We've all witnessed it, been a culprit of it, or a recipient of it.
A girl goes to a barbecue with her parents and its blurted out; "Oh, what a beautiful daughter you have".
Not witty, intelligent, bright. Beautiful.
The Everyday sexism: girls' and young women's views on gender equality in Australia report, which surveyed 600 Aussie females about sexism in all aspects of life, has been released on International Day of the Girl.
I don't think we can stop it yet, but I think we can teach them the skills to critique it, to call it out and to create something different.Susanne Legena
Plan International Australia spokeswoman Susanne Legena told The Huffington Post Australia the report goes to the heart of those places where society is letting young girls down, whether it be at at work, online, in public or at home.
"They're not seeing equal representation. Thirty percent of the 2016 Parliament are women. Their experience of seeing a female prime minister probably wouldn't encourage them into public life," Legena said.
"There's all these scenarios in our culture that reinforce it is not the same to be a girl and a boy and that they're not given equal chances in everything."
The statistics show:
- One in 10 girls believe they are always treated equally to males
- One in three girls said they do more housework than their brothers
- One in six girls believe they are given equal opportunities as boys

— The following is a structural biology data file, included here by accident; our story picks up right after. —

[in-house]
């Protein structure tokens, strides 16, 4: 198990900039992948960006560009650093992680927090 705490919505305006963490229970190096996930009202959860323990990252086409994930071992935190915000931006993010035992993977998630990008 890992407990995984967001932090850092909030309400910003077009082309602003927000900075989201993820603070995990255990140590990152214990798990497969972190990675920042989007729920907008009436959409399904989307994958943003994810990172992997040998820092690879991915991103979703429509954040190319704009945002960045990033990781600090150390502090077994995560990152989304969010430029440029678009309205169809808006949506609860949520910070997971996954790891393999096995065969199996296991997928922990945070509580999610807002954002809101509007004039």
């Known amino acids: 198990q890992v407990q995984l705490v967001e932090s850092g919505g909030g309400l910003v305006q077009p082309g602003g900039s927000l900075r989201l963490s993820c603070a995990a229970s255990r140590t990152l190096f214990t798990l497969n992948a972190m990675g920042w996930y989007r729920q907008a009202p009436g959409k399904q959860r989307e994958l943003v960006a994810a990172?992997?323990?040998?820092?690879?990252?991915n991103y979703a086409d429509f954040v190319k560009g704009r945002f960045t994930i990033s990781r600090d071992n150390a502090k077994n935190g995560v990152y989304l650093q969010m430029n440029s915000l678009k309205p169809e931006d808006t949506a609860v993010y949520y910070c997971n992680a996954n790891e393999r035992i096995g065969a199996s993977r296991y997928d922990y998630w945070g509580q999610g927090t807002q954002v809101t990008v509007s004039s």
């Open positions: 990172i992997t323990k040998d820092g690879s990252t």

- One in three girls believe gender inequality is still a problem in Australia
In a particularly startling statistic, 41 percent of girls surveyed witness a lack of support for women which has made them re-evaluate whether to start a family.
"They are probably witnessing that double bind that their mothers are experiencing of having careers and also running a house and not have things change, and its making them think 'I don't want that'.
"I think what these young women are saying is 'we want a new model. The one that we've got, it's kind of broken.' They want a new model, and I think there are men out there who want a different model too."
The report reveals gender stereotypes are still deeply embedded in Australian society, but also raises awareness for disengaged members of society to become part of the conversation.
"It amplifies the voices of young women but, for me, it also reaches out to dads and brothers and boyfriends and friends," Legena told HuffPost Australia.
"If it creates a bit of curiosity and interest in trying to understand more about what that experience is like for young women."
Positive outcomes from the report reveal the majority of girls felt equal at school, while two thirds of girls felt gender equality was improving from their parents' generation.
Young girls are now also reaching out for advice about entering sexual relationships, speaking to people they trust. However this is as a result of the pressure, intensified by the internet.
"You've got girls reporting that the online space is a place where they are overwhelmingly being exposed to online sexual imagery they didn't ask for and then they're pressured to send sexy images," Legena said.
"And if they don't go through with it or do speak out, they're often trolled as a backlash."
Awareness is the most important starting point for parents looking to help improve their daughters' perceptions of gender equality, Legena said.
"The whole culture is reinforcing it. I think the challenge for everyone is to start to be aware in our own lives so we can call it out and help girls and boys to see when it's happening in our culture."
"I don't think we can stop it yet, but I think we can teach them the skills to critique it, to call it out and to create something different."
And shy away from just calling them beautiful.Suggest a correction